Is Your Church Bookstore Selling Products Made by … Slaves?
Reports from China indicate that slaves who make many of our products are victims of torture, rape, forced abortions and sterilizations, organ harvesting, and summary execution. These include religious products: rosaries, crosses, inspirational plaques with Bible verses. Your refrigerator magnet that says, “The Truth Shall Set You Free”? It might well have made by a man or woman in chains.
As a Christian, I am appalled that so many articles I find in church-run book stores are made in China. The home of hundreds of concentration camps and a 21st-Century genocide should not be getting rich off believers.
China: Enemy of Believers
Most of us know that the Chinese government bans free churches and persecutes Christian believers. That has gone on since Mao Zedong took power in 1948. Stream writer John Zmirak has explained here how Pope Francis’ deal with China has made that persecution not better, but worse.
In recent years, the Chinese government has also carried out a terror campaign against the indigenous Uyghur and Turkic Muslim populations in East Turkistan (renamed Xinjiang) in Northwestern China. The United States, Canada, and the Netherlands have officially designated these actions by the Chinese Government a genocide.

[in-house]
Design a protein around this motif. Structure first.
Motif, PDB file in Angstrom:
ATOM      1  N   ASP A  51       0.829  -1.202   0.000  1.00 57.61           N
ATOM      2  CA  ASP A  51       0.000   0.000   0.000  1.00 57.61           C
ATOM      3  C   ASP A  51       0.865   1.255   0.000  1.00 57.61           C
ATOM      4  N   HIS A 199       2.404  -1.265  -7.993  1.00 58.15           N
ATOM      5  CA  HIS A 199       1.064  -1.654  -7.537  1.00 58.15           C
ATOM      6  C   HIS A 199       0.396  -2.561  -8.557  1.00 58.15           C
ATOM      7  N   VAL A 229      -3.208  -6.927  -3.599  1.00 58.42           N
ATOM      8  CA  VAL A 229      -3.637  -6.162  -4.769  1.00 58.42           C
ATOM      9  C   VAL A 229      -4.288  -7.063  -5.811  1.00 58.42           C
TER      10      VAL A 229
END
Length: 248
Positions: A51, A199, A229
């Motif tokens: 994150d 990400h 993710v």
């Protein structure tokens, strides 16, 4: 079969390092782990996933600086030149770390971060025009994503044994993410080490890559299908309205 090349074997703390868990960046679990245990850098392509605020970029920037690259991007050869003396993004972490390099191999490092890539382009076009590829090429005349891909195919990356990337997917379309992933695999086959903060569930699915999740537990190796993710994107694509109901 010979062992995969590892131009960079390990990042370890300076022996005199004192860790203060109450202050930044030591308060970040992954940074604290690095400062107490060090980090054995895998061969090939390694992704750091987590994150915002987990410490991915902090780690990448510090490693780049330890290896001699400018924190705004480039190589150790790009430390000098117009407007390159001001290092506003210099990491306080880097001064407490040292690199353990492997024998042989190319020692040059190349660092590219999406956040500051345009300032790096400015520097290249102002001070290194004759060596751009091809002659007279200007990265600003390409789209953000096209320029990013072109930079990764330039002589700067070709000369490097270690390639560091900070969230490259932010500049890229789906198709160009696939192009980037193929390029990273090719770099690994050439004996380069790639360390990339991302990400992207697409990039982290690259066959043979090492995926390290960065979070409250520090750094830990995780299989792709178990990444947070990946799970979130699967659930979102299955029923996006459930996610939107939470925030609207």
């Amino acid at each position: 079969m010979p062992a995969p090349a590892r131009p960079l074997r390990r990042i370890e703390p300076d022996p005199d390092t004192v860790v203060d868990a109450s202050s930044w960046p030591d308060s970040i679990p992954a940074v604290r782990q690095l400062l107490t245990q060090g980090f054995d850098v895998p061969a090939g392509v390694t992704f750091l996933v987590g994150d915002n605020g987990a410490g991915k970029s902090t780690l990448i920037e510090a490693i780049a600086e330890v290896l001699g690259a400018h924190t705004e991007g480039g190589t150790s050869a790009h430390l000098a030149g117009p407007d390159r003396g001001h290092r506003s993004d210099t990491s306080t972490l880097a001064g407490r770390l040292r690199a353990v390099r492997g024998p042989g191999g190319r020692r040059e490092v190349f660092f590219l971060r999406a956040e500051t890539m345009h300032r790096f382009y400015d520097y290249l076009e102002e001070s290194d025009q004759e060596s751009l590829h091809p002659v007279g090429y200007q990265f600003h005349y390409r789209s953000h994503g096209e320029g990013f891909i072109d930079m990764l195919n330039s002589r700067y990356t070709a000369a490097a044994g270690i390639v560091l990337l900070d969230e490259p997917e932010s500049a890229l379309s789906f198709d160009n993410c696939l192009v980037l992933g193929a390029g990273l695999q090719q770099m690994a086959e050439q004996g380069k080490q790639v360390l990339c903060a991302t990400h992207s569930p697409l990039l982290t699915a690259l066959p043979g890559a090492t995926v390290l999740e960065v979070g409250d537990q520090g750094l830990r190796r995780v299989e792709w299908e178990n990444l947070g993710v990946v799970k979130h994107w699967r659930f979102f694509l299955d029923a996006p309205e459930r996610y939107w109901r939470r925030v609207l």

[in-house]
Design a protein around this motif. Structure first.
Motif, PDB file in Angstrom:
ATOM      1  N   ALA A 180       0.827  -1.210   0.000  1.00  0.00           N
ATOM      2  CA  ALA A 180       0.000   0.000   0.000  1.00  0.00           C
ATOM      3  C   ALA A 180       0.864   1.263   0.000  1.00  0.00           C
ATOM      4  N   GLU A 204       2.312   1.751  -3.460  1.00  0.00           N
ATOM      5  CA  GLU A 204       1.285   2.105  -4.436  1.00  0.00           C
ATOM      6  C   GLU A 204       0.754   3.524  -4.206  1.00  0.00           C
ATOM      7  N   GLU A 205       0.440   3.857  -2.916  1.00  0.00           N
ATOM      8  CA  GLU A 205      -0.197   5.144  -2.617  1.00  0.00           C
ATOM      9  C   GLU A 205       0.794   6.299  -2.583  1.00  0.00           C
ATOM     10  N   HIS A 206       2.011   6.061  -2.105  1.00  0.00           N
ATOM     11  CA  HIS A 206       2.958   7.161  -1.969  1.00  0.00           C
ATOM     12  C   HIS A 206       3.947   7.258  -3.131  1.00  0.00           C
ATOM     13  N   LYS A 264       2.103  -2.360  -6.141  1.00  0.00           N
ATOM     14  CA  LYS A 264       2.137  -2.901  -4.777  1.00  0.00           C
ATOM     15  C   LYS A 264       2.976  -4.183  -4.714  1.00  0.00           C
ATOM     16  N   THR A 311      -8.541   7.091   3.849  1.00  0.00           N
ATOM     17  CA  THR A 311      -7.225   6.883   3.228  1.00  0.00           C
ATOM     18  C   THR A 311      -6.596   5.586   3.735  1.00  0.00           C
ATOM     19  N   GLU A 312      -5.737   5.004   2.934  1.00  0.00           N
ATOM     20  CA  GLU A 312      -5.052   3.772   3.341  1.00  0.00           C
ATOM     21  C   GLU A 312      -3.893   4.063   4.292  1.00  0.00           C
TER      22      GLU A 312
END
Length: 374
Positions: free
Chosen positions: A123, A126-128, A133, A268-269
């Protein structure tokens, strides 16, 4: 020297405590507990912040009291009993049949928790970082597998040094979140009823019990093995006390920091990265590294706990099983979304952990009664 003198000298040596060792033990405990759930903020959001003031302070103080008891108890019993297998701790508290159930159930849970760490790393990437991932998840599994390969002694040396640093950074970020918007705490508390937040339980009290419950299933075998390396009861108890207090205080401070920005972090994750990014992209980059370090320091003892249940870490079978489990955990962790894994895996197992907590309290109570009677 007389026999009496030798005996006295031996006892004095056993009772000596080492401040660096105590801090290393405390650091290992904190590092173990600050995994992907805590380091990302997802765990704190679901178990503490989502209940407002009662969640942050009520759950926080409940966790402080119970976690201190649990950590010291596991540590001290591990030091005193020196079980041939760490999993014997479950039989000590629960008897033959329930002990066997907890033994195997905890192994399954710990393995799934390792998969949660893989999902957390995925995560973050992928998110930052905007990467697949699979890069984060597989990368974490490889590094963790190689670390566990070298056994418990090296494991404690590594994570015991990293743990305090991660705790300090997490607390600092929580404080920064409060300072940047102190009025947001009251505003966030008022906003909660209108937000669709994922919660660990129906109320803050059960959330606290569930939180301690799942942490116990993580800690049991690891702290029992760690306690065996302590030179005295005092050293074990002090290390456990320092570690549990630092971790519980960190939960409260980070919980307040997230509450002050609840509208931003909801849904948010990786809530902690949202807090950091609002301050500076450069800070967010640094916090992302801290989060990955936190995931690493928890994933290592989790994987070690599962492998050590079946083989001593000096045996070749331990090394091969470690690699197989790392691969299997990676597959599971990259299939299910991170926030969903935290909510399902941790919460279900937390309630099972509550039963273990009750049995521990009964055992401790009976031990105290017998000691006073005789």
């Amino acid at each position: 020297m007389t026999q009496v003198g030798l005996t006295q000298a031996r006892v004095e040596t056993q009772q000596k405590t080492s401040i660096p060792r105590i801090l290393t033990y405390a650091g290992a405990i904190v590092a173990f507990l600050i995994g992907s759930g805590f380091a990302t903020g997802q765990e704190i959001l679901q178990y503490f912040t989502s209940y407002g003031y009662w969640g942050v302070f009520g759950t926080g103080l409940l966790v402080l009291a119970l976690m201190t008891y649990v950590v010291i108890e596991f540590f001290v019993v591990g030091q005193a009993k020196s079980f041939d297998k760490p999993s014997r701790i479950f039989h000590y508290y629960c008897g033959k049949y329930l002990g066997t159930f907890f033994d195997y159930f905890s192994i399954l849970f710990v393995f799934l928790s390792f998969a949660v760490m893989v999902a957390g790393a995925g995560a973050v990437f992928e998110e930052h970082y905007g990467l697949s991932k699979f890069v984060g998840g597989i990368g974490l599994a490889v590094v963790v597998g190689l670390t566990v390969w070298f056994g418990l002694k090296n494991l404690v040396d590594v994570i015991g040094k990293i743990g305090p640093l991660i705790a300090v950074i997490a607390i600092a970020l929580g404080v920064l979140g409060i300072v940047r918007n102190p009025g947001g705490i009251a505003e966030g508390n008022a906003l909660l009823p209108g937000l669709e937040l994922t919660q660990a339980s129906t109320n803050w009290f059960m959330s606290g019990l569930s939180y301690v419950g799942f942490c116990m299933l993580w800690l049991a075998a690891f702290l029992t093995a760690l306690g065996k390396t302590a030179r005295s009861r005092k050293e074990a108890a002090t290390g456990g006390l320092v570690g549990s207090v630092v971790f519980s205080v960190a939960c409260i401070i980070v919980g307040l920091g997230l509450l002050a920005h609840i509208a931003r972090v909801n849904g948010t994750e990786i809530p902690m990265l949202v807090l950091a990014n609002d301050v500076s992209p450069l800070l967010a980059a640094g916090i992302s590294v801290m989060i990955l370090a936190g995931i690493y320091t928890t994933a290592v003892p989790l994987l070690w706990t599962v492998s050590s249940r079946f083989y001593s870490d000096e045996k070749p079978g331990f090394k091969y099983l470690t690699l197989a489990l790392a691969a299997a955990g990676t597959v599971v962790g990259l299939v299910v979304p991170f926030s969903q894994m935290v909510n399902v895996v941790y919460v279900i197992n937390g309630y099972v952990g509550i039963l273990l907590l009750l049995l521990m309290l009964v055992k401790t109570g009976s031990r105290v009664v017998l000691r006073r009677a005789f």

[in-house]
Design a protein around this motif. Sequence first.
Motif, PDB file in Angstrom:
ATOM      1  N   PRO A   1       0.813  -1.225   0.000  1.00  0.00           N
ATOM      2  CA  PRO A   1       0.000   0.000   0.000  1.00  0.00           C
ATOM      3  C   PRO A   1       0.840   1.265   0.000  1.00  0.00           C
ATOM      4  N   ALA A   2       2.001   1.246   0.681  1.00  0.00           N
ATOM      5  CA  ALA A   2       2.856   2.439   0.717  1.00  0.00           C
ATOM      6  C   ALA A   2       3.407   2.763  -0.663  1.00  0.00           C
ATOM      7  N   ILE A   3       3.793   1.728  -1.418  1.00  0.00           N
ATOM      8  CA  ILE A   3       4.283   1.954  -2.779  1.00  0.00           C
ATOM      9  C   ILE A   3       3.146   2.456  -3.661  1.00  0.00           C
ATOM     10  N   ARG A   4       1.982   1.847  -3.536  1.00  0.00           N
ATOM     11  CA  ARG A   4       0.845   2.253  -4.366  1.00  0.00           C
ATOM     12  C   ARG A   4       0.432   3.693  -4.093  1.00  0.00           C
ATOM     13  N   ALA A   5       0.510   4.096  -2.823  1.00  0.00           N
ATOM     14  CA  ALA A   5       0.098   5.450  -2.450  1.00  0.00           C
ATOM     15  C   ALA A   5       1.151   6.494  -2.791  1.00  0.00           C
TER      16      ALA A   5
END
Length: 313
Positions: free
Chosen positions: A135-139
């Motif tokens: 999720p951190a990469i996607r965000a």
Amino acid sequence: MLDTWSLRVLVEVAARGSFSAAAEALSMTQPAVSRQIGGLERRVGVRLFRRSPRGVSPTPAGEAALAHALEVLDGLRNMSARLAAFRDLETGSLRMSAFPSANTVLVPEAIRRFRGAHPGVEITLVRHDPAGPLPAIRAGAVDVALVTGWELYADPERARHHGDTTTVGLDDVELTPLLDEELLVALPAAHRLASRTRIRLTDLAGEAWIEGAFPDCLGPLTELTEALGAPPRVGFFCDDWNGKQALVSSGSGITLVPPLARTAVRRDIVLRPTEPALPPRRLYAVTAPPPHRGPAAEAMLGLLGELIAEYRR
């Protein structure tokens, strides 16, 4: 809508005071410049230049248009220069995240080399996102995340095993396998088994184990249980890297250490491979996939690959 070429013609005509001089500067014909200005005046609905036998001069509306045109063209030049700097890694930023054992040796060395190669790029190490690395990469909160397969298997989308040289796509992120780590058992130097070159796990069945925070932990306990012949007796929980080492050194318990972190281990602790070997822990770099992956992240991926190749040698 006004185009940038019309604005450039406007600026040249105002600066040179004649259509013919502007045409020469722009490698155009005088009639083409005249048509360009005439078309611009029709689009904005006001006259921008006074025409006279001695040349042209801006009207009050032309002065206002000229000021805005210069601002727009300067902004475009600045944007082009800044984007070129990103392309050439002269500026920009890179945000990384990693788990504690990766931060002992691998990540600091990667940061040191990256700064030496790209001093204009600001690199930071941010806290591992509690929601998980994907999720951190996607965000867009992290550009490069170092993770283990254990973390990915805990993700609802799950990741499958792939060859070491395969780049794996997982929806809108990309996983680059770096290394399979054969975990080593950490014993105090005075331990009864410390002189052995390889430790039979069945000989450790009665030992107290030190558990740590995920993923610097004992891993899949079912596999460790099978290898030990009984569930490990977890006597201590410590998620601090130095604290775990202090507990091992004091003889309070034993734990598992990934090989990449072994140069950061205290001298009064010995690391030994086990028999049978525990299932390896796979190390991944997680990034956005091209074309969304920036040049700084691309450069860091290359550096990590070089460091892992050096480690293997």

Experts report that more than 1–3 million Uyghurs and other Turkic peoples are currently held in concentration camps throughout the occupied Uyghur homeland and other parts of China. They face rape, sexual and physical violence, torture, organ harvesting and summary execution.
Uyghurs interned in these camps are subjected to forced labor, mandated to produce goods that are exported worldwide, including to the United States. Hundreds of Christian bookstores (Catholic and Protestant) blithely sell such products. They don’t ask any questions.
Many “Woke” multinational corporations have integrated forced Uyghur labor into their supply chains, specifically because it’s cheap. I know that my Apple iPhone includes parts sourced from Chinese vendors who used Uyghur slaves. We all need to wake up now.
Investigative journalist Amelia Pang reported on the labor camps in China used to produce U.S. consumer goods. In January, she was interviewed by Yan Bennett, assistant director of Princeton University’s Center on Contemporary China. Pang’s undercover reporting reveals that audits conducted by companies in China are often staged to give a false impression that the factories are slavery-free.
But video footage of prisoners of conscience shackled and herded gives the lie to that:
If you run, or work in, or shop in a religious articles/church book store, I’m begging you to do one simple thing. Look into where the goods come from. If they come from China, you cannot be sure they weren’t made by slaves. What a mockery of God, to use the sweat of believers — Christian or otherwise — forced to work by an atheist tyranny. Why should churches whose own believers are persecuted by the Chinese government help fill its coffers with blood money?